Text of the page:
Hilmar Buchta

Data Mining algorithms are sometimes perceived to be extremly intelligent and established with many super powers, humans don’t have. In today’s post I’d like to show a simple example in which a mining model fails to detect a very simple rule in the data. This illustrates the need for feature engineering not only to enhance the data with new associations but also to include simple calculations, for example deltas instead of absolute values.

I’m starting with a very simple pattern of two variables (a, b) and a single output (y):

image

As you can see, “Y” equals TRUE, if “A” and “B” are identical (boolean operation is “not xor”). So, this is a very simple pattern, which should be easily detected by a data mining algorithm. In order to use this data as source for an algorithm, I manifolded this pattern 50 times to result in 200 rows of data with this pattern. In R this reads as follows:

> newdata <- data.frame(
    „a“=as.factor(c(1,0,1,0)),
    „b“=as.factor(c(0,0,1,1))
  )
> data <- do.call(„rbind“, replicate(50, newdata, simplify = FALSE))
> data$y <- as.factor(data$a==data$b)

Let’s start with a simple decision tree based on this data:

> fit <- rpart(y~.,data)

The result shows that no split has been detected in the tree or – in other words – the rpart model didn’t understand our simple rule:

n= 200

node), split, n, loss, yval, (yprob)
      * denotes terminal node

1) root 200 100 FALSE (0.5000000 0.5000000) *

Instead, all observations are treated as “FALSE” in our root node. Consequently, if we ask the model to do the prediction, it always responds with the answer “false”:

> cbind(newdata,predict(fit,newdata, type=“class“))

  a b predict(fit, newdata, type = „class“)
1 1 0                                 FALSE
2 0 0                                 FALSE
3 1 1                                 FALSE
4 0 1                                 FALSE

The reason for this behavior is easy to understand if you look at the decision the model has to make for the first split. Since our data cases are perfectly balanced, neither “A” nor “B” seems to have any effect on the output. For example, if “A” equals zero you find “Y” having 50% true and 50% false (see the table from above). The same situation is seens with “A” equals one. And the same situation is true for “B”. So the feature selection algorithm decides that none of our input variables has a univerariate influence on the output variable.

> table(data$a, data$y)

  FALSE TRUE
0    50   50
1    50   50

So the reason for our decision tree not detecting the pattern is the unnatural perfectly balanced structure of the data. If we use a random forest instead, the draws wouldn’t be equally balanced and the algorithm would detect the pattern:

> fit <- randomForest(y~.,data)
> plot(fit)
> cbind(newdata,predict(fit,newdata, type=“class“), predict(fit,newdata, type=“prob“))

  a b predict(fit, newdata, type = „class“) FALSE  TRUE
1 1 0                                 FALSE 0.728 0.272
2 0 0                                  TRUE 0.264 0.736
3 1 1                                  TRUE 0.218 0.782
4 0 1                                 FALSE 0.752 0.248

Ok, this looks much better. And also for our decision tree, if we take a sample (75% of the data rows resulting in 150 rows for this example), the result looks much better. Here’s the resulting tree:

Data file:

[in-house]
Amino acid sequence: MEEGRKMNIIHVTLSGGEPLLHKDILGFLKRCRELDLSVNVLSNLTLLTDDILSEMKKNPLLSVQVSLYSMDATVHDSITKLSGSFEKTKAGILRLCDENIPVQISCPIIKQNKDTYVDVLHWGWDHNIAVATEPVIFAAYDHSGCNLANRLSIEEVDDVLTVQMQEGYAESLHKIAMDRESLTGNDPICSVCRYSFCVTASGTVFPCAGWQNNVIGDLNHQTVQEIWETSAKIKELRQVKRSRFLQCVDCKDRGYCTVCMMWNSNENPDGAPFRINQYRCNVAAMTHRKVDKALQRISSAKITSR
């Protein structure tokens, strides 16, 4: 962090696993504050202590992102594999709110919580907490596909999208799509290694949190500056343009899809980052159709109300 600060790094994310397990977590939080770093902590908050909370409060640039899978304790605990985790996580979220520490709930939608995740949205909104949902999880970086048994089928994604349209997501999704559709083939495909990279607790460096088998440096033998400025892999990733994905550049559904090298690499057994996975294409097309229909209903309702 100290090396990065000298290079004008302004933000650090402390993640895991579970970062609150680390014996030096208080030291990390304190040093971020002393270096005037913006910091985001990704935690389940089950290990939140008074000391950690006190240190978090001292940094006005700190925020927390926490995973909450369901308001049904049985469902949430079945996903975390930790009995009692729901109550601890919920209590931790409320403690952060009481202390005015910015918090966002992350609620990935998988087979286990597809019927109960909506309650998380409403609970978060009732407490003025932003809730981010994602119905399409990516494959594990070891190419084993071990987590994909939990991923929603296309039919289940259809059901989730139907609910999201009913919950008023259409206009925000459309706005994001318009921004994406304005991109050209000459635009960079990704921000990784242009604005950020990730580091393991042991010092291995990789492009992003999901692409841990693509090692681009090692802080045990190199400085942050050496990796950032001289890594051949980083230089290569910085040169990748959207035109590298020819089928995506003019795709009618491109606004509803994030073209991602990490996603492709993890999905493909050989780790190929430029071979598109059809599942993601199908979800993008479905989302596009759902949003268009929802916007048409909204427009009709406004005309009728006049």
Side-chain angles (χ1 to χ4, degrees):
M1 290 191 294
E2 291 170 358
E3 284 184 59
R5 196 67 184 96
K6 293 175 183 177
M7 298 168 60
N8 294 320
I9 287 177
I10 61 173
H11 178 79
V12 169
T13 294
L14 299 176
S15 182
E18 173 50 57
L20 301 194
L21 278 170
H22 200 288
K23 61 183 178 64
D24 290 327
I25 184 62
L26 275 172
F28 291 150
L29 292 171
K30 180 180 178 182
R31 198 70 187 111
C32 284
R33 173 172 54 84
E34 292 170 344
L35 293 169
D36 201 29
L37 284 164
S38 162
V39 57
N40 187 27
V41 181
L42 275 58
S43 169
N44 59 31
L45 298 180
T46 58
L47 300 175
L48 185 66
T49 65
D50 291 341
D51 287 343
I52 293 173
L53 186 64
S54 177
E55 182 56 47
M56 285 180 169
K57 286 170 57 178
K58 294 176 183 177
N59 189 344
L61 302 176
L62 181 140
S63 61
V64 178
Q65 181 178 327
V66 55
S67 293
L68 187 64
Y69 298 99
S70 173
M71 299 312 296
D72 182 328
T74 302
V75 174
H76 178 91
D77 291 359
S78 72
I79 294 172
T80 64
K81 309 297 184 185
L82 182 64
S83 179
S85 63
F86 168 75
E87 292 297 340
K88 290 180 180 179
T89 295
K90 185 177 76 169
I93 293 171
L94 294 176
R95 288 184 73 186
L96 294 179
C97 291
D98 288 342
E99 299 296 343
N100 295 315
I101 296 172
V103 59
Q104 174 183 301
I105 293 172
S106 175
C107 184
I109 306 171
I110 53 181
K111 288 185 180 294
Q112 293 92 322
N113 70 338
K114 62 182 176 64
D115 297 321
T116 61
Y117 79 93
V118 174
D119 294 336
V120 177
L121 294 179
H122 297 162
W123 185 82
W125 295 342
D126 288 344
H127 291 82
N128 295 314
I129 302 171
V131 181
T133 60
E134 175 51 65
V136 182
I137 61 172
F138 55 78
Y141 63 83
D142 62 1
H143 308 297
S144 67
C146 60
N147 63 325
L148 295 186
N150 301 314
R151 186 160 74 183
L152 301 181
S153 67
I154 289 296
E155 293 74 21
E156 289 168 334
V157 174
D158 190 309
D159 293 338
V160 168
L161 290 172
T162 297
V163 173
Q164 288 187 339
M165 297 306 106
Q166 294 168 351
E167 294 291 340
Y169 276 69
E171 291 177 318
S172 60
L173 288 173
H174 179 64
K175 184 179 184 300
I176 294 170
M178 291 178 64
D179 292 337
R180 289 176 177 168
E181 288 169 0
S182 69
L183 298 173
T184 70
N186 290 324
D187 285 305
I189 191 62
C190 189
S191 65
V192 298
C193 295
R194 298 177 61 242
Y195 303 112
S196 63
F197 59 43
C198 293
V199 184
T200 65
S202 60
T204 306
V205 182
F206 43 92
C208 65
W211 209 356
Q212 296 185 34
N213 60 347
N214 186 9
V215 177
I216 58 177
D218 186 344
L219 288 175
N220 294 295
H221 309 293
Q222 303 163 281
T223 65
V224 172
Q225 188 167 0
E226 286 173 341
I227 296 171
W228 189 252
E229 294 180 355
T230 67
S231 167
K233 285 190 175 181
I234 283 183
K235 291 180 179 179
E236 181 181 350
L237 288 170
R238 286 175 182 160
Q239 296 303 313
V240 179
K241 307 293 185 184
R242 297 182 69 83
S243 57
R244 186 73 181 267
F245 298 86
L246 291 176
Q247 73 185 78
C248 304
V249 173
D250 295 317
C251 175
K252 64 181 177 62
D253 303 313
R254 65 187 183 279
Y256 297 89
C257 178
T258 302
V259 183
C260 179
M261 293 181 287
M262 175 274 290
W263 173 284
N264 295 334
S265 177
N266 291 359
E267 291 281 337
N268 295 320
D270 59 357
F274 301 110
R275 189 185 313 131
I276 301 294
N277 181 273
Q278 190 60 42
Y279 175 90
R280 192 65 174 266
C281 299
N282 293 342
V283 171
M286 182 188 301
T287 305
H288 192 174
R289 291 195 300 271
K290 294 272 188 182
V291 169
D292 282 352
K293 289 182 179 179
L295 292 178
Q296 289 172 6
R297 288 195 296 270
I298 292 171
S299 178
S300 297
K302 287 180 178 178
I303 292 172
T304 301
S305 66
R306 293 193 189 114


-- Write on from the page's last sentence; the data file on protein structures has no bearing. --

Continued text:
image

As you can see, the leaf nodes are “perfect” with no error. So our pattern has been detected in this case. Of course you wouldn’t expect such a perfect distribution as I constructed for this demonstration, but still this effect could be an issue for your model. As it is unlikely to have such a balanced distribution in real life, it is as likely that you’re dealing with more than just two input variables. So, let’s add a third variable which approximates “Y” with a success rate of 90%:

> data$c<-as.factor(ifelse(data$y==TRUE,ifelse(runif(n=nrow(data))<=.9,1,0),ifelse(runif(n=nrow(data))<=.9,0,1)))

Now “C” is a good but not perfect approximation of “Y”. Let’s retrain the tree using “A”, “B” and “C” as input variables. As you can see from the tree visualization below, the algorithm chose the “easy” way and used our approximation as the only split condition, instead of detecting the pattern (as in the case where “C” was missing):

image

As a consequence our true prediction rate goes down from 100% (pattern detected) to about 90% (approximation variable used). 14 out of 150 cases failed. Ok, this is still good but the point is, that we’re getting better results if we think about the way splits are calculated and therefore add additional attributes (in this case we could have added “A==B” as a helper attribute) to support the decisions. There are many more examples:

  • Instead of absolute values (temperature 26°, 28°, 32°) it might be better to add relative (delta) values (temperature delta 2°, 4°)
  • Instead of two absolute variables (energy consumption and workload) it might be a good idea to also add the ratio (energy consumption / workload)
  • Difference/Change of a value compared to the average (or a regression) of a given time range before (for example, relative change of a value compared to the linear regression of the last 3 hours).
  • As shown in the example above: for two variables it might be good to add a measure of similarity (equal or almost equal)

Conclusion

Data Mining algorithms like the decision tree sometimes struggle with simple patterns in data. Instead of feeding the data “as it is” into the algorithm, it’s often a good idea to add some derived information (delta, ratio, correlation, measure of equality etc.) to support the model.